You Have to PLAY : Coaching Teachers in Using #EdTech

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September 13, 2015 by Dr. Robbie Barber

A couple of weeks ago, I hosted a Twitter chat on #fcsvanguard about coaching teachers.  See the Storify here.  What I learned is that everyone is not like me!  In fact, no one else was approaching it the same way.  Coaching teachers, I conclude, is a personal exploration of both the coach and the teacher.

To summarize, we all know that teachers (including myself!) need more training and coaching.  We all know that teachers (including myself!) have questions that aren’t always easy to articulate and we all know that teachers (including myself!) don’t always have the time to play with new technology.

This is my bottom line – you have to play with the new technology.  You don’t just try to click on a few things.  You have to PLAY.  Yes, with any new technology, you want to make sure you can use it in some manner, but you have to PLAY with it.  Play means that you have no agenda.  You push buttons, try things, reset, do something else.  This exploration period is absolutely key to incorporating it in the classroom.  Seeing a demo may help but the hands-on playing by a teacher is what will cement it into the classroom and curriculum.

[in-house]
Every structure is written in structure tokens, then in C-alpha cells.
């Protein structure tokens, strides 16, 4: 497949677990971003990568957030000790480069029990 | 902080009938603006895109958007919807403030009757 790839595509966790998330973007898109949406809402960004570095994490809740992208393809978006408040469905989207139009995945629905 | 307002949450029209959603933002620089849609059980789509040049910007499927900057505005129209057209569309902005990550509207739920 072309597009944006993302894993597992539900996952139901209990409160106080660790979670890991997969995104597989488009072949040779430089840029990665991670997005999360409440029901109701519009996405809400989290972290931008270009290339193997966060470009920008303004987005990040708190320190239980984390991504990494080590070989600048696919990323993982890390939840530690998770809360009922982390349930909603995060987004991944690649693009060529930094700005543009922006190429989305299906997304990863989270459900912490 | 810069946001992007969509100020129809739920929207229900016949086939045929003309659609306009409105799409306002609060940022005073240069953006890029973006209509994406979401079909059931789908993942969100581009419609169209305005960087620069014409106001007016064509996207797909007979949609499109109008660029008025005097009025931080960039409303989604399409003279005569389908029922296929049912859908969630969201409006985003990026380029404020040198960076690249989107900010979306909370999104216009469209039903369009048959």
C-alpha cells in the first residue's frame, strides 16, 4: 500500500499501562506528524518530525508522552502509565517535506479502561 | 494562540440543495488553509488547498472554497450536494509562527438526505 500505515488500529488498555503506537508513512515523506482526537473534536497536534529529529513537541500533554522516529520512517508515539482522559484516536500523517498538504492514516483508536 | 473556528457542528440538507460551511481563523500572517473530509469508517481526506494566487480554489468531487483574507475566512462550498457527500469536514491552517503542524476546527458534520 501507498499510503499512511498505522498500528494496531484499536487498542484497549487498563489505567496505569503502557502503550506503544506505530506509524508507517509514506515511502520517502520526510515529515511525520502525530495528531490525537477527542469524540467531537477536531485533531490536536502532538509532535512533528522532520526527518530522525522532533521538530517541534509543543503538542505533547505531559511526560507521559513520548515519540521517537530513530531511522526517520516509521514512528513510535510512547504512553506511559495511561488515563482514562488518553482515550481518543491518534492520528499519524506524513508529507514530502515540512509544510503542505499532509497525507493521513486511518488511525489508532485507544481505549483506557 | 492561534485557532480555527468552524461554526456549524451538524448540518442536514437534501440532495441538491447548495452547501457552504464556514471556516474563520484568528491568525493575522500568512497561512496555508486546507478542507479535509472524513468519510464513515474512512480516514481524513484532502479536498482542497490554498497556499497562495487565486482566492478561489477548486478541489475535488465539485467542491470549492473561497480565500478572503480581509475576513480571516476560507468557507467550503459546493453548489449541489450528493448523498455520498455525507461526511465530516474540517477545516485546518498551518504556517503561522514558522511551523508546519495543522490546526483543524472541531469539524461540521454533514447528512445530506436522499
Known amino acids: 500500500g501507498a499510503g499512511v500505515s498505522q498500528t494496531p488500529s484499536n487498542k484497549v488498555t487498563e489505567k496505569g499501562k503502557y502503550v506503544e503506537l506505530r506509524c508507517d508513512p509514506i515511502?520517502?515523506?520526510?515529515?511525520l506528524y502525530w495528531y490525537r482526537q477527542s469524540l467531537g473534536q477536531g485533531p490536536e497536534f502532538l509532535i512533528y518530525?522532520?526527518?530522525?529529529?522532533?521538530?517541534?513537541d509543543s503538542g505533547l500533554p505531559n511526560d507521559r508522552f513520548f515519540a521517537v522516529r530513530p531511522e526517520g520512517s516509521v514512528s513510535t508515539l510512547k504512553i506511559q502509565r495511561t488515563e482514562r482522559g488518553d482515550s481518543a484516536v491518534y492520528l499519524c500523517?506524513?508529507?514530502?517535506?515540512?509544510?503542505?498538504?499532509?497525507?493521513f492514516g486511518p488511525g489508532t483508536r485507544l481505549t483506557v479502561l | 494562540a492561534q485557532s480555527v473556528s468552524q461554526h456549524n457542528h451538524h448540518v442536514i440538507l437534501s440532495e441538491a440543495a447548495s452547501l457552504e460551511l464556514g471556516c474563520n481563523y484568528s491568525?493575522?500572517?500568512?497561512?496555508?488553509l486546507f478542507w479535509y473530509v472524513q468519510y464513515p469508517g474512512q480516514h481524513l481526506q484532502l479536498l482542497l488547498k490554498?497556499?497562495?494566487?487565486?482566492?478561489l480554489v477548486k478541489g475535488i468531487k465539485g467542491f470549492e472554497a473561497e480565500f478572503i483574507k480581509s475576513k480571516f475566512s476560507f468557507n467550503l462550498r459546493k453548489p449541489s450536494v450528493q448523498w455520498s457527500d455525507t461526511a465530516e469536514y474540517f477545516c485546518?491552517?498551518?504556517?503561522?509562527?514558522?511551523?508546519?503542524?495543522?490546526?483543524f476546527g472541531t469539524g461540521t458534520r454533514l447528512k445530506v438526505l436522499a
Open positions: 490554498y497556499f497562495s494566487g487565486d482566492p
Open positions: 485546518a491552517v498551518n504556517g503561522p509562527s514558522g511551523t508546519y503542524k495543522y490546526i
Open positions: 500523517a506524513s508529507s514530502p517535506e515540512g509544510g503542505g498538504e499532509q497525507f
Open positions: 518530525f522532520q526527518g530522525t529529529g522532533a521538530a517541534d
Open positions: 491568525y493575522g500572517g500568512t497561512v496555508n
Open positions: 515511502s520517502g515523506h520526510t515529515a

You as the coach/trainer need to be aware of the stages of acceptance of change (Dorman, 1999, p. 244):

  1. Awareness
  2. Curiosity
  3. Visualization
  4. Tryout
  5. Use

Every new technology has to fit into a teacher’s own style.  When you coach or train a teacher remember that the process takes time and iterations.  Go over it again. If the teacher is too scared to play, play with the technology in front of them. Make mistakes and show that you do.  Everyone makes mistakes but somehow the teacher’s mistakes take on different meanings.

As always, follow the motto:  Fail. Try again. Teach This Method to Students.

fail-try again-teach this to students

Dormant, D. (1999). Implementing human performance technology in organizations. In Harold Stolovitch & Erica Keeps (Eds.) Handbook of Human Performance Technology (2nd ed.). San Francisco: Jossey-Bass/Pfeiffer. 237-258.

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